Also in Play Services 6.5 are updated APIs for Google Wallet, Google Drive, and Google Fit. The info is not all that exciting for the end consumer, but if you are a developer, or just a very curious Android user, feel free to follow the via link below for more information.

Via: Android Developers

Google Play Services 6.5 for Developers, Brings Helpful Maps, Wallet, and Fit APIs for Incorporation is a post from: Droid Life

Is Google Glass’ allure fading away?

Posted by wicked November - 15 - 2014 - Saturday Comments Off

Google_Glass_with_frame

Just months ago, Google opened up the purchase of Glass to the public, but for the insane price of $1,500. Of course, the units are meant for developers only, but one might question when the prototype will hit its final stage and get released to the mass market for an affordable price.

According to a recent report by Reuters, the allure of Glass is starting to wear off — a miserable, miserable sign for Google, especially since the public hasn’t even gotten its hands on a finished product.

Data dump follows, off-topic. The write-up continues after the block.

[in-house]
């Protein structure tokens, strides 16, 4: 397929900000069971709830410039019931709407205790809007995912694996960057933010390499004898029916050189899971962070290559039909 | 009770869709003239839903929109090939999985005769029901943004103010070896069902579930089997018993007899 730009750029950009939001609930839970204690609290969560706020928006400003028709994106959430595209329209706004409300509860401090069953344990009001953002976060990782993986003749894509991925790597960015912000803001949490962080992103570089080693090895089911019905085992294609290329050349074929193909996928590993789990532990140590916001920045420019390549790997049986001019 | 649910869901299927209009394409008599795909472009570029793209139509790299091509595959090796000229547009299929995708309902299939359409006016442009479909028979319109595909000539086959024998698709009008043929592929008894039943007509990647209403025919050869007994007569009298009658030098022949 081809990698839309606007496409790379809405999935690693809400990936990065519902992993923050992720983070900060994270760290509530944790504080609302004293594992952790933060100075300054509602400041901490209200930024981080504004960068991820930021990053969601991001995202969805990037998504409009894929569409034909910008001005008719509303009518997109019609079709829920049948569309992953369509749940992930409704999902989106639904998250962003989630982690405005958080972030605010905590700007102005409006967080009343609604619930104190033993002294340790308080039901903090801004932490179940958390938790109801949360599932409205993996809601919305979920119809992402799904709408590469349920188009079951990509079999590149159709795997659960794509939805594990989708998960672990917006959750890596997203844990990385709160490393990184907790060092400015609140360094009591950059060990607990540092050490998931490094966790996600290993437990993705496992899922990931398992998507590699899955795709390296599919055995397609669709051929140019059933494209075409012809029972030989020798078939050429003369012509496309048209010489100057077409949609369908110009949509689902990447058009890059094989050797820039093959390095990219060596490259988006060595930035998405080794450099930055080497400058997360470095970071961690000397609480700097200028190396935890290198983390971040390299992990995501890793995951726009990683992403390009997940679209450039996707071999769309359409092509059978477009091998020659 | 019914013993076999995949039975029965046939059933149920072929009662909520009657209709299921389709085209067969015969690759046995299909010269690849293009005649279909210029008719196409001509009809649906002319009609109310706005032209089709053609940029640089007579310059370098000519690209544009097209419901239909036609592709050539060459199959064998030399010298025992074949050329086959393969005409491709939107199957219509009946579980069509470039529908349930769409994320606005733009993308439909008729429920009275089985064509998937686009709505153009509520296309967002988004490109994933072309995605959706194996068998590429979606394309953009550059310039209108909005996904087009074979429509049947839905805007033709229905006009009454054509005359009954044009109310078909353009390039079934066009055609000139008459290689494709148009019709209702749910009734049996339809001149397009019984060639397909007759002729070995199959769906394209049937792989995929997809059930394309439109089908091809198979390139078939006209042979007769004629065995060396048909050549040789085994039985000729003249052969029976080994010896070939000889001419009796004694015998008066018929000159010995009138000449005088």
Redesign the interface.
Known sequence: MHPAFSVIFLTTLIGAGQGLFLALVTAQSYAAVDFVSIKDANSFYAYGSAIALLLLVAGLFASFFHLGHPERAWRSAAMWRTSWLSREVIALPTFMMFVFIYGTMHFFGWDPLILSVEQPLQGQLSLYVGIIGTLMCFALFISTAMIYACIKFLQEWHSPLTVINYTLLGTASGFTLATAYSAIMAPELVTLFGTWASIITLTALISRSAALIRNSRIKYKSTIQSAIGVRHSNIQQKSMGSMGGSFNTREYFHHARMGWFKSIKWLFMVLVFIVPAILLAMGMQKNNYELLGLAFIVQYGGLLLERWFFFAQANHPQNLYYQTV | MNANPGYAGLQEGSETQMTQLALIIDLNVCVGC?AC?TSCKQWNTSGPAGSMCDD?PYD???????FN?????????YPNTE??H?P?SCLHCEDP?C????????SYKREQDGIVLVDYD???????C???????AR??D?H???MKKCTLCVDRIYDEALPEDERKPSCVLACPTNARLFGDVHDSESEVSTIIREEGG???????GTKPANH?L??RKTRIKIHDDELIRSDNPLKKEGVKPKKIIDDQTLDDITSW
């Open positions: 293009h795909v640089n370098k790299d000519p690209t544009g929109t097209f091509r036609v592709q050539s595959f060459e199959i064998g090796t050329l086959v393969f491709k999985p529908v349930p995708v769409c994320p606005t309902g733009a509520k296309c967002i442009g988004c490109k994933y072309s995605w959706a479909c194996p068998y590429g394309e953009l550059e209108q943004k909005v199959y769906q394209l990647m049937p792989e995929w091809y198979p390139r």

Reuters contacted 16 Glass app makers — nine of the 16 said they had stopped or completely abandoned their project, because of the lack of customers or limitations on the device. It seems like a pretty obvious business decision — if there are no customers, why build something?

Little Guy Games Chief Executive Tom Frencel told Reuters, “If there was 200 million Google Glasses sold, it would be a different perspective. There’s no market at this point.”

Although Google continues to say it’s 100% committed to Glass and the development of the product, the market may not be.

For more, check out the Reuters article in the source link.

Source: Reuters

Come comment on this article: Is Google Glass’ allure fading away?